Critics claim kingdom's Sunni Islam means it is unsuitable to promote religious debate
Saudi Arabia has defended its plan to fund a religious dialogue centre in Vienna saying Judaism and other faiths would be represented and that it would be free from political interference.
Critics of the centre say Saudi Arabia's austere version of Sunni Islam means it is an unsuitable country to promote religious debate.
Saudi Arabia does not allow other faiths to have places of worship in the kingdom and its Muslims are forbidden from converting to other religions on pain of death.
Austria and Spain will also fund the Vienna-based "King Abdullah Bin Abdulaziz International Centre for Interreligious and Intercultural Dialogue", but Saudi Arabia said it was willing to stump up the lion's share of cash if needed.
"(Our) paying for the operation is to create a fund that makes the centre independent from any sort of political interference," Saudi Foreign Minister Prince Saud al-Faisal told a news conference in the Austrian capital on Thursday.
Asked whether the forum may help promote more religious freedom in Saudi Arabia, he said: "The centre is established exactly for the purposes of these questions that have been at the centre of differences between us. We are hoping that the centre will take the lead in (that) direction."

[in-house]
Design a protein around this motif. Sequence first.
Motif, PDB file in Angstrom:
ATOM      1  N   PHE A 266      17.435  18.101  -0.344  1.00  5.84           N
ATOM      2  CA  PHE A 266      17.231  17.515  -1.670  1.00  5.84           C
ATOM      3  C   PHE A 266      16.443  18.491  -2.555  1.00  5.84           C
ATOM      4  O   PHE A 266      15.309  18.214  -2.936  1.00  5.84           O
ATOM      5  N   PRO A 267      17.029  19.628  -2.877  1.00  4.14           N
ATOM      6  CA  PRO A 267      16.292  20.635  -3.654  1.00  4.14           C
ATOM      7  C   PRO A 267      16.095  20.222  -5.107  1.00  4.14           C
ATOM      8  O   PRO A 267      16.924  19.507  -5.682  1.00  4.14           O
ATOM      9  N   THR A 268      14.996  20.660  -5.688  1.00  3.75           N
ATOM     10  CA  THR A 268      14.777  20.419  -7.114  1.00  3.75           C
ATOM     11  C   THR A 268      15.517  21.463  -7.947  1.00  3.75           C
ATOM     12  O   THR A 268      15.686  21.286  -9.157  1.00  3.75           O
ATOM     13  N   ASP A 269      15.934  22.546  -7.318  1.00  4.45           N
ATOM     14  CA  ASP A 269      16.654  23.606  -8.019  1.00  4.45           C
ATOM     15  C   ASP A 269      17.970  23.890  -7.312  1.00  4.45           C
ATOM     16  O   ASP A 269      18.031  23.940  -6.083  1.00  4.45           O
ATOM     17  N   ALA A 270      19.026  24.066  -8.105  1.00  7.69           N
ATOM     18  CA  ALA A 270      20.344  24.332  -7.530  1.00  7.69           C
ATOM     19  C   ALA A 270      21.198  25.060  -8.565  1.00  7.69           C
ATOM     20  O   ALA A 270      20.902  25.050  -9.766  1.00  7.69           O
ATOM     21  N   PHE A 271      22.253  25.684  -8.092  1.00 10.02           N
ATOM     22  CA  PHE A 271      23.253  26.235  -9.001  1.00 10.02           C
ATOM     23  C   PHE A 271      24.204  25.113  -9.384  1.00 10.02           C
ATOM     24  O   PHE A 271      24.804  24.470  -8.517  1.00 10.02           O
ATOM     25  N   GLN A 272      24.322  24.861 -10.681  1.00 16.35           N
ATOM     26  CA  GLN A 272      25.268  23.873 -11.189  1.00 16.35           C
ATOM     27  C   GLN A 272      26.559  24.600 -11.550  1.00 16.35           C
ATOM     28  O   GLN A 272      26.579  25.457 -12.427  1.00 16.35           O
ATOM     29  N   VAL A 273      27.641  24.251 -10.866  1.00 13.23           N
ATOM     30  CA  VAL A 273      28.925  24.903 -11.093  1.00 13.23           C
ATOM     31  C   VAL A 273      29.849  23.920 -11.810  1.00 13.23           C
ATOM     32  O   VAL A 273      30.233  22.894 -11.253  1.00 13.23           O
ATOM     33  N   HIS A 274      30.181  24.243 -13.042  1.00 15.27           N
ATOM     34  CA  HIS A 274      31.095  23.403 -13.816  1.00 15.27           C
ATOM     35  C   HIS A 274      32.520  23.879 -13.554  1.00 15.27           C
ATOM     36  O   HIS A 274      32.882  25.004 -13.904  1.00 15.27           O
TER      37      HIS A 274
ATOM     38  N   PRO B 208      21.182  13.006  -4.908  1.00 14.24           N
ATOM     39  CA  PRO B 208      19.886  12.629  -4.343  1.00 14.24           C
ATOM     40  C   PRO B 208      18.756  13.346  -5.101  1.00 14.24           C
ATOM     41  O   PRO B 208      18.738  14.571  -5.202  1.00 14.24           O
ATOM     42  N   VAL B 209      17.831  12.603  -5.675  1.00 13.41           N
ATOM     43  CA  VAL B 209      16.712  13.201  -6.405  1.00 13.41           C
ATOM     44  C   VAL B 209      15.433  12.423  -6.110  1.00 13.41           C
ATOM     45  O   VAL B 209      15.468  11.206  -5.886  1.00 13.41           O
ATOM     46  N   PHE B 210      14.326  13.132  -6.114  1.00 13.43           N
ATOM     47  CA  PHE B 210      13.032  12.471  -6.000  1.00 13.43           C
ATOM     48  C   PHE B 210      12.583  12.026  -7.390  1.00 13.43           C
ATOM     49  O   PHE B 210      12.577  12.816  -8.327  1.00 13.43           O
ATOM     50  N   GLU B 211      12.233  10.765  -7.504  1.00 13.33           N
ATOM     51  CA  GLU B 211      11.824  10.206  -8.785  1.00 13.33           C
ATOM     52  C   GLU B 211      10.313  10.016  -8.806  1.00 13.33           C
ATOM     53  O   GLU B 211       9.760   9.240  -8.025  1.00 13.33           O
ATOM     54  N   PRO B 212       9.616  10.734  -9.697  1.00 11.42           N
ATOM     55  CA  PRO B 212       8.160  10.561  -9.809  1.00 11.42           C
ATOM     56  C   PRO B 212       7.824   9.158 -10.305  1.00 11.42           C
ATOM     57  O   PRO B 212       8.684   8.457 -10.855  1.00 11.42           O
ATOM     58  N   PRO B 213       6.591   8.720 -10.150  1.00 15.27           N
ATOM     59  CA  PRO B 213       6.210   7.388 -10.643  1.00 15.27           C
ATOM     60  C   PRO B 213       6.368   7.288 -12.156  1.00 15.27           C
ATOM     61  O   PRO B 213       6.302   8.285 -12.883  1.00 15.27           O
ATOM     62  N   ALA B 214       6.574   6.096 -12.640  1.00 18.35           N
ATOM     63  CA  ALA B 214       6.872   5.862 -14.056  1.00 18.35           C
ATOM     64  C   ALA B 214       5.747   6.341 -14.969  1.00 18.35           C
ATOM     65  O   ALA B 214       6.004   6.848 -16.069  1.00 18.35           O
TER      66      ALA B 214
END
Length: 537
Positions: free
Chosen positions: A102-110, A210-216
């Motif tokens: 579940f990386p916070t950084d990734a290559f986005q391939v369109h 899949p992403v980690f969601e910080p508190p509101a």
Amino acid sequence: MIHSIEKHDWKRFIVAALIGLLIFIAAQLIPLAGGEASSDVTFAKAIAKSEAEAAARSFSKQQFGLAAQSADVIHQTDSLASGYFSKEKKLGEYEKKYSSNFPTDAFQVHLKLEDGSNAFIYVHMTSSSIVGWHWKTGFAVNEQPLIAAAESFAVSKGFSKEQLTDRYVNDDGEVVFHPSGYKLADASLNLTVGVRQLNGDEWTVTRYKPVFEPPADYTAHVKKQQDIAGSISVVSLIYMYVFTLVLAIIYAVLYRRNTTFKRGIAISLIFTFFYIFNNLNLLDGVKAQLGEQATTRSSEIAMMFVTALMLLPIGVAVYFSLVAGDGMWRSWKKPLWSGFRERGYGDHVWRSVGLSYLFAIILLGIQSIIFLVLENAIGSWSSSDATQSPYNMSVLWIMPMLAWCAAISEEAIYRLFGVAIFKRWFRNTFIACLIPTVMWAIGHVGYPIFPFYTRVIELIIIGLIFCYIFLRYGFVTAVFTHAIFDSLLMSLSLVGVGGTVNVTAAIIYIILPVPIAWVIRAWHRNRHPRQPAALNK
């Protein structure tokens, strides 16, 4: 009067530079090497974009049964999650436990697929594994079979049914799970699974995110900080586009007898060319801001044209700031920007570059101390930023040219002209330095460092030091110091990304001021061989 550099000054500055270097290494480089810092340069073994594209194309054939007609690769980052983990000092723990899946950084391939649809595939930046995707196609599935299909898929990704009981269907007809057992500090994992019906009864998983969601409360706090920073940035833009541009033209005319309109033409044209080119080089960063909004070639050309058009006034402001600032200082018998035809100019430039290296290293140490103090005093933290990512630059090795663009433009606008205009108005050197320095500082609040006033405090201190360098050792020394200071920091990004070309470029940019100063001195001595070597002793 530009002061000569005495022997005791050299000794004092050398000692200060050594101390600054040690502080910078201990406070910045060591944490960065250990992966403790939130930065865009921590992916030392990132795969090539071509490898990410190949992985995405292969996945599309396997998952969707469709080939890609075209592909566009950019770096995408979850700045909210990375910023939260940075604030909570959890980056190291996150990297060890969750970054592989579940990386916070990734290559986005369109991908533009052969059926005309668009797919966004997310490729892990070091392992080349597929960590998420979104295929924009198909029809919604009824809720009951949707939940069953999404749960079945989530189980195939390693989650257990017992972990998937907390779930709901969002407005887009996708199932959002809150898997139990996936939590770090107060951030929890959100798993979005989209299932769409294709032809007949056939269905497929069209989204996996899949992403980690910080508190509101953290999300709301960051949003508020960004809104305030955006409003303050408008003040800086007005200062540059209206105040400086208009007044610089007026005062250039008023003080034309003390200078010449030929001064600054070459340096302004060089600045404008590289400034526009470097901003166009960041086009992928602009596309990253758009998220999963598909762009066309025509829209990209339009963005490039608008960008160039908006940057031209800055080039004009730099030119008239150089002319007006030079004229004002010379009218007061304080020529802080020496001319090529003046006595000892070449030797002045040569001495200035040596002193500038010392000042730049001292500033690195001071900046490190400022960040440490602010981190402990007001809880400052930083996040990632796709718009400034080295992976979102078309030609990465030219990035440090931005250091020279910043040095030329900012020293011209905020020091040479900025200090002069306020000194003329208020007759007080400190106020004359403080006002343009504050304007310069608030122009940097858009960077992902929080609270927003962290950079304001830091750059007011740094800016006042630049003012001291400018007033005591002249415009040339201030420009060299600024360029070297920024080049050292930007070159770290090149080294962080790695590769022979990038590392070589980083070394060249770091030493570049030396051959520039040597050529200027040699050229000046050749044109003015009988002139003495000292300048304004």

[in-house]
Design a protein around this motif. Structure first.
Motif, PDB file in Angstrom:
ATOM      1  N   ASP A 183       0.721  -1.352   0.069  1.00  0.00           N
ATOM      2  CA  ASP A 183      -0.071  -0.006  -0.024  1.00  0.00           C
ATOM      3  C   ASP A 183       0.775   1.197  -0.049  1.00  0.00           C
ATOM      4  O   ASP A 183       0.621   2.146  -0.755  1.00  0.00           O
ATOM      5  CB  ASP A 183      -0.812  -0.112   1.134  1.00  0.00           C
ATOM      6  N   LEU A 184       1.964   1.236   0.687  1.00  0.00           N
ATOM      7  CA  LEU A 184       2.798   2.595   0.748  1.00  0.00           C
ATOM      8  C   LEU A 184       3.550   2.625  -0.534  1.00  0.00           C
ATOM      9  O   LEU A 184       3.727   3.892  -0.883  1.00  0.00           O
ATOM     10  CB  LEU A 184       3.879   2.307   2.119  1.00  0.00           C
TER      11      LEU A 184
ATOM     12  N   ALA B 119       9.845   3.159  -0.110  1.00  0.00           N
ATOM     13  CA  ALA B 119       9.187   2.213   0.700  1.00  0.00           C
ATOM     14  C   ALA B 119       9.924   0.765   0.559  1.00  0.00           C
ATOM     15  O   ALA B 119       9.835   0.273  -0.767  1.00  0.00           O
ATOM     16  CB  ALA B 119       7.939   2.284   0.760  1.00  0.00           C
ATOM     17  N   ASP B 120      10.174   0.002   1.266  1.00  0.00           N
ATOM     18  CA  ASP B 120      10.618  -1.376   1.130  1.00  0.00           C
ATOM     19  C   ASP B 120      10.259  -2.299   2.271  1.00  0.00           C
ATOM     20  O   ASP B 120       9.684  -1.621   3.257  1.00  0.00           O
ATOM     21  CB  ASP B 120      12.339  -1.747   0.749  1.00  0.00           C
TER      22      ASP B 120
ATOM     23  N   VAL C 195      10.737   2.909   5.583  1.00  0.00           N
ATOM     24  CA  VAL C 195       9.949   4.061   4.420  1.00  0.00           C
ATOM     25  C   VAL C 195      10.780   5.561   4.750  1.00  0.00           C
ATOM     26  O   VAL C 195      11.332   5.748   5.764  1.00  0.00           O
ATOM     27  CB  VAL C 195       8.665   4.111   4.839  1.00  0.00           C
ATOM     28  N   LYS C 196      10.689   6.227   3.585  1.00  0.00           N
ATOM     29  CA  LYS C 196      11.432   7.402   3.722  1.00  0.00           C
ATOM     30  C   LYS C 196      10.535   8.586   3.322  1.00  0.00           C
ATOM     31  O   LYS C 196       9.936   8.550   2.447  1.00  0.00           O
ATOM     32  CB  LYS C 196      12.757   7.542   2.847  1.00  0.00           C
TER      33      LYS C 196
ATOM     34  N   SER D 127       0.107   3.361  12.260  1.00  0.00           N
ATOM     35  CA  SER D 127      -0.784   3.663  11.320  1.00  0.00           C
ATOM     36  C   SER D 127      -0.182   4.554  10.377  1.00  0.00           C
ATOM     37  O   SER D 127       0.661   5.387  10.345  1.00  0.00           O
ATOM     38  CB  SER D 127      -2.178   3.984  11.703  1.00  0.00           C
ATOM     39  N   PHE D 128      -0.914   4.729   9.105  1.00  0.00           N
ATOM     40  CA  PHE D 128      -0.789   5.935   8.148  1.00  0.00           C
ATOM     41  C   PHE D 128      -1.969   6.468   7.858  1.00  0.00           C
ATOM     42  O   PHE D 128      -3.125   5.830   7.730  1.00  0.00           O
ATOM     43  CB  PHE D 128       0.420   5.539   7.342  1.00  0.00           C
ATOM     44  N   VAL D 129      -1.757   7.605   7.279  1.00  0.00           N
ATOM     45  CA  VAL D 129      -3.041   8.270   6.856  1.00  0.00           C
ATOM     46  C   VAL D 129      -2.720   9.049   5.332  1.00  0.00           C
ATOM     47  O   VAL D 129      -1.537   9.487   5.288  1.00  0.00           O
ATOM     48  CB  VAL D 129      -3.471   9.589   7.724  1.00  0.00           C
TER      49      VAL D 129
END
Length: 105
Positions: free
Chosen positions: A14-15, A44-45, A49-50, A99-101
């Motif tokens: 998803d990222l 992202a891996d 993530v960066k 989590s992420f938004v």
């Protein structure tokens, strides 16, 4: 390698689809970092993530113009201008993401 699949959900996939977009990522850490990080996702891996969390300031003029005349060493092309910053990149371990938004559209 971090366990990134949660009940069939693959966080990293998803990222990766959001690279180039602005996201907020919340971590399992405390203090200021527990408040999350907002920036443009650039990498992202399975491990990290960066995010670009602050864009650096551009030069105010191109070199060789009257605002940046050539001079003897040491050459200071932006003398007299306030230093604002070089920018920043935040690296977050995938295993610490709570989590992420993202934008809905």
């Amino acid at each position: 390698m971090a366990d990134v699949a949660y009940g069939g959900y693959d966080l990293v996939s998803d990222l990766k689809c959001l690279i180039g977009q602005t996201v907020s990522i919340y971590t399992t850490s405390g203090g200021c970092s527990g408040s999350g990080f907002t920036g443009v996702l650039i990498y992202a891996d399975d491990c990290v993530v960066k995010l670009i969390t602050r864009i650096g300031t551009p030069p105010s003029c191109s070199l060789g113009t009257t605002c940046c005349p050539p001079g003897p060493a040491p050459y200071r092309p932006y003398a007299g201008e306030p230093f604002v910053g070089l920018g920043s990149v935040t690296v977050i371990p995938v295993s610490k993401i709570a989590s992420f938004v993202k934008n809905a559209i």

Responding to criticism from a reporter from a Jewish newspaper about a lack of synagogues in the Arab kingdom, Prince Saud said there was no need for them because "there are no Jewish people in Saudi Arabia".
But he later said that the Jewish faith would be represented fairly at the Vienna project. The centre has no fixed opening date.
Cardinal Jean-Louis Tauran, head of the Vatican's department for interfaith dialogue, welcomed the plan but said Saudi Arabia must tackle its own curbs on religious freedom.
"These problems exist and they must be resolved. We are not naive," he told official Austrian Catholic agency Kathpress in an interview, adding that faith and politics must not mix at the Vienna centre. The Holy See may seek observer status.
The Green Party, which governs Vienna in a coalition, said the centre glorified a country "where freedom of religion and opinion are foreign words."
"Austria should not allow itself to be misused in this way, to allow itself to be involved in whitewash by a repressive Saudi regime which is using this (centre) as a fig leaf for its dishonourable human rights situation," it said in a statement.
Austrian Foreign Minister Michael Spindelegger dismissed the criticism, saying that the centre was not narrowly focused on a few religions but would embrace many.
"None of the religions represented here is dominant, and together with the board of directors, they will guarantee evenhandedness," he told reporters.
There is a considerable amount of Jews already living in Saudi Arabia. These Jews have never been to Israel. As according to the laws of Saudi Arabia anyone with a Israeli stamp on their passports is not allowed to enter KSA.
And if KSA wants to show that they are religious friendly to the world, they should start at home.